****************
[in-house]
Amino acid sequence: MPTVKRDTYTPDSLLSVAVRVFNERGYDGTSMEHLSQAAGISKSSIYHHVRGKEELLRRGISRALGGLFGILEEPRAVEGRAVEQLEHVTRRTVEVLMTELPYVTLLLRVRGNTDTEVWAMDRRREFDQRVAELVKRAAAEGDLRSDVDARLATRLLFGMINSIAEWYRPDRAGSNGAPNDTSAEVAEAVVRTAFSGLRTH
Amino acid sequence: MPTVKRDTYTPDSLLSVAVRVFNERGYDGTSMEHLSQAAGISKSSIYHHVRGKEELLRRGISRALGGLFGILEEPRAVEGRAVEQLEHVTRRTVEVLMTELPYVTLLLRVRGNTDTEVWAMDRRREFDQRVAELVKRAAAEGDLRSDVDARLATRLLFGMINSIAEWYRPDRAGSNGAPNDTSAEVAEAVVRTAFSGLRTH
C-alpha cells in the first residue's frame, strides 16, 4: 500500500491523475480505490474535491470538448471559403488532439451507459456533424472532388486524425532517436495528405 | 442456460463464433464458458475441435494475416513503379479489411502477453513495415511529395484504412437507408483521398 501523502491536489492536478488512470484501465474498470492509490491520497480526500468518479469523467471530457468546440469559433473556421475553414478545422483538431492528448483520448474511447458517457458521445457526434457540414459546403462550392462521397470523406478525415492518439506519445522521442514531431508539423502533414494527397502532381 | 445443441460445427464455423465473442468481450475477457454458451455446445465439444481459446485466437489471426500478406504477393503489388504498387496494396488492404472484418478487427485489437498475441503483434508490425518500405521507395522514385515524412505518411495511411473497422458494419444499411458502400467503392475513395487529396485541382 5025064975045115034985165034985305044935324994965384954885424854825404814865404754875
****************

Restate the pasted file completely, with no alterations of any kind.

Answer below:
[in-house]
Amino acid sequence: MPTVKRDTYTPDSLLSVAVRVFNERGYDGTSMEHLSQAAGISKSSIYHHVRGKEELLRRGISRALGGLFGILEEPRAVEGRAVEQLEHVTRRTVEVLMTELPYVTLLLRVRGNTDTEVWAMDRRREFDQRVAELVKRAAAEGDLRSDVDARLATRLLFGMINSIAEWYRPDRAGSNGAPNDTSAEVAEAVVRTAFSGLRTH
Amino acid sequence: MPTVKRDTYTPDSLLSVAVRVFNERGYDGTSMEHLSQAAGISKSSIYHHVRGKEELLRRGISRALGGLFGILEEPRAVEGRAVEQLEHVTRRTVEVLMTELPYVTLLLRVRGNTDTEVWAMDRRREFDQRVAELVKRAAAEGDLRSDVDARLATRLLFGMINSIAEWYRPDRAGSNGAPNDTSAEVAEAVVRTAFSGLRTH
C-alpha cells in the first residue's frame, strides 16, 4: 500500500491523475480505490474535491470538448471559403488532439451507459456533424472532388486524425532517436495528405 | 442456460463464433464458458475441435494475416513503379479489411502477453513495415511529395484504412437507408483521398 501523502491536489492536478488512470484501465474498470492509490491520497480526500468518479469523467471530457468546440469559433473556421475553414478545422483538431492528448483520448474511447458517457458521445457526434457540414459546403462550392462521397470523406478525415492518439506519445522521442514531431508539423502533414494527397502532381 | 445443441460445427464455423465473442468481450475477457454458451455446445465439444481459446485466437489471426500478406504477393503489388504498387496494396488492404472484418478487427485489437498475441503483434508490425518500405521507395522514385515524412505518411495511411473497422458494419444499411458502400467503392475513395487529396485541382 5025064975045115034985165034985305044935324994965384954885424854825404814865404754875